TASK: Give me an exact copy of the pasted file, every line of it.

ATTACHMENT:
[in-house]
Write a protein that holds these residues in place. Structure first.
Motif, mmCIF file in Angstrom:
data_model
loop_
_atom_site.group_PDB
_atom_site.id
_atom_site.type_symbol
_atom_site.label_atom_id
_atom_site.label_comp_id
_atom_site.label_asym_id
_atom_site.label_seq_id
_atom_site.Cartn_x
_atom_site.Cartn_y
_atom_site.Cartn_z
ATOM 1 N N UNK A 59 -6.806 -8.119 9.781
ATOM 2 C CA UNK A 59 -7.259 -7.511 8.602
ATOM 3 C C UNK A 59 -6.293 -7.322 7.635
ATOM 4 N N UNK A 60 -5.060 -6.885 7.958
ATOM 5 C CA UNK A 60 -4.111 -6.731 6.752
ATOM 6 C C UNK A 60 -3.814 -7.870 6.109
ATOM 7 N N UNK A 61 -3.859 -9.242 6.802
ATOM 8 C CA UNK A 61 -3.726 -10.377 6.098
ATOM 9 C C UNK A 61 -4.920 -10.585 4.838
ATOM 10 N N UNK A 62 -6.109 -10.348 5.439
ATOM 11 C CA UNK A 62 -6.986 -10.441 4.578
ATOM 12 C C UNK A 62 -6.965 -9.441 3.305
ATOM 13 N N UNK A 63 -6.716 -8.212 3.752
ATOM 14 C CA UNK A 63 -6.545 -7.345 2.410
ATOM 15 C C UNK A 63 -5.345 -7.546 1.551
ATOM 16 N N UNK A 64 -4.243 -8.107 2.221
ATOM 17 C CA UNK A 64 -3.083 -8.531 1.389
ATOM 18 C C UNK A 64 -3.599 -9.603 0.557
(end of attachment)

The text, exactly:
[in-house]
Write a protein that holds these residues in place. Structure first.
Motif, mmCIF file in Angstrom:
data_model
loop_
_atom_site.group_PDB
_atom_site.id
_atom_site.type_symbol
_atom_site.label_atom_id
_atom_site.label_comp_id
_atom_site.label_asym_id
_atom_site.label_seq_id
_atom_site.Cartn_x
_atom_site.Cartn_y
_atom_site.Cartn_z
ATOM 1 N N UNK A 59 -6.806 -8.119 9.781
ATOM 2 C CA UNK A 59 -7.259 -7.511 8.602
ATOM 3 C C UNK A 59 -6.293 -7.322 7.635
ATOM 4 N N UNK A 60 -5.060 -6.885 7.958
ATOM 5 C CA UNK A 60 -4.111 -6.731 6.752
ATOM 6 C C UNK A 60 -3.814 -7.870 6.109
ATOM 7 N N UNK A 61 -3.859 -9.242 6.802
ATOM 8 C CA UNK A 61 -3.726 -10.377 6.098
ATOM 9 C C UNK A 61 -4.920 -10.585 4.838
ATOM 10 N N UNK A 62 -6.109 -10.348 5.439
ATOM 11 C CA UNK A 62 -6.986 -10.441 4.578
ATOM 12 C C UNK A 62 -6.965 -9.441 3.305
ATOM 13 N N UNK A 63 -6.716 -8.212 3.752
ATOM 14 C CA UNK A 63 -6.545 -7.345 2.410
ATOM 15 C C UNK A 63 -5.345 -7.546 1.551
ATOM 16 N N UNK A 64 -4.243 -8.107 2.221
ATOM 17 C CA UNK A 64 -3.083 -8.531 1.389
ATOM 18 C C UNK A 64 -3.599 -9.603 0.557